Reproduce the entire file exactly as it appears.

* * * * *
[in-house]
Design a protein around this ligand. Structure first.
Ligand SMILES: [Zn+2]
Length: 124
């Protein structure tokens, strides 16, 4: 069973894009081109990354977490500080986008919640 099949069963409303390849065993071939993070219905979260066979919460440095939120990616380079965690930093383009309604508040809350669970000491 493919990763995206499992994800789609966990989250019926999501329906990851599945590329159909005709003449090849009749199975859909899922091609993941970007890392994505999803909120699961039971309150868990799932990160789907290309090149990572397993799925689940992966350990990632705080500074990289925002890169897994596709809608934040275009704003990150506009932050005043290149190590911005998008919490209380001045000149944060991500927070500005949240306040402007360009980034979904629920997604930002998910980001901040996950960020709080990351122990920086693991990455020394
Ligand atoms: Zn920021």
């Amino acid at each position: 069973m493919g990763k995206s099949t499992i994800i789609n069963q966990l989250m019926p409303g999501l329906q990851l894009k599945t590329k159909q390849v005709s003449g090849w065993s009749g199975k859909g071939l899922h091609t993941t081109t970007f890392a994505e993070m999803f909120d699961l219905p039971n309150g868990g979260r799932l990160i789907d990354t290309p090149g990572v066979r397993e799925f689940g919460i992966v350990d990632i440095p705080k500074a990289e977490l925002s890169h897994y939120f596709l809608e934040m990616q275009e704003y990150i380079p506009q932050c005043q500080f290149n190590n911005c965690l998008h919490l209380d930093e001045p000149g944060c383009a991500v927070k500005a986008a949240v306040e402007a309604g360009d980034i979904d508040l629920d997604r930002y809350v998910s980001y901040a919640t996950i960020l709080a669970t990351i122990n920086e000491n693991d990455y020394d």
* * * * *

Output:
[in-house]
Design a protein around this ligand. Structure first.
Ligand SMILES: [Zn+2]
Length: 124
């Protein structure tokens, strides 16, 4: 069973894009081109990354977490500080986008919640 099949069963409303390849065993071939993070219905979260066979919460440095939120990616380079965690930093383009309604508040809350669970000491 493919990763995206499992994800789609966990989250019926999501329906990851599945590329159909005709003449090849009749199975859909899922091609993941970007890392994505999803909120699961039971309150868990799932990160789907290309090149990572397993799925689940992966350990990632705080500074990289925002890169897994596709809608934040275009704003990150506009932050005043290149190590911005998008919490209380001045000149944060991500927070500005949240306040402007360009980034979904629920997604930002998910980001901040996950960020709080990351122990920086693991990455020394
Ligand atoms: Zn920021």
């Amino acid at each position: 069973m493919g990763k995206s099949t499992i994800i789609n069963q966990l989250m019926p409303g999501l329906q990851l894009k599945t590329k159909q390849v005709s003449g090849w065993s009749g199975k859909g071939l899922h091609t993941t081109t970007f890392a994505e993070m999803f909120d699961l219905p039971n309150g868990g979260r799932l990160i789907d990354t290309p090149g990572v066979r397993e799925f689940g919460i992966v350990d990632i440095p705080k500074a990289e977490l925002s890169h897994y939120f596709l809608e934040m990616q275009e704003y990150i380079p506009q932050c005043q500080f290149n190590n911005c965690l998008h919490l209380d930093e001045p000149g944060c383009a991500v927070k500005a986008a949240v306040e402007a309604g360009d980034i979904d508040l629920d997604r930002y809350v998910s980001y901040a919640t996950i960020l709080a669970t990351i122990n920086e000491n693991d990455y020394d």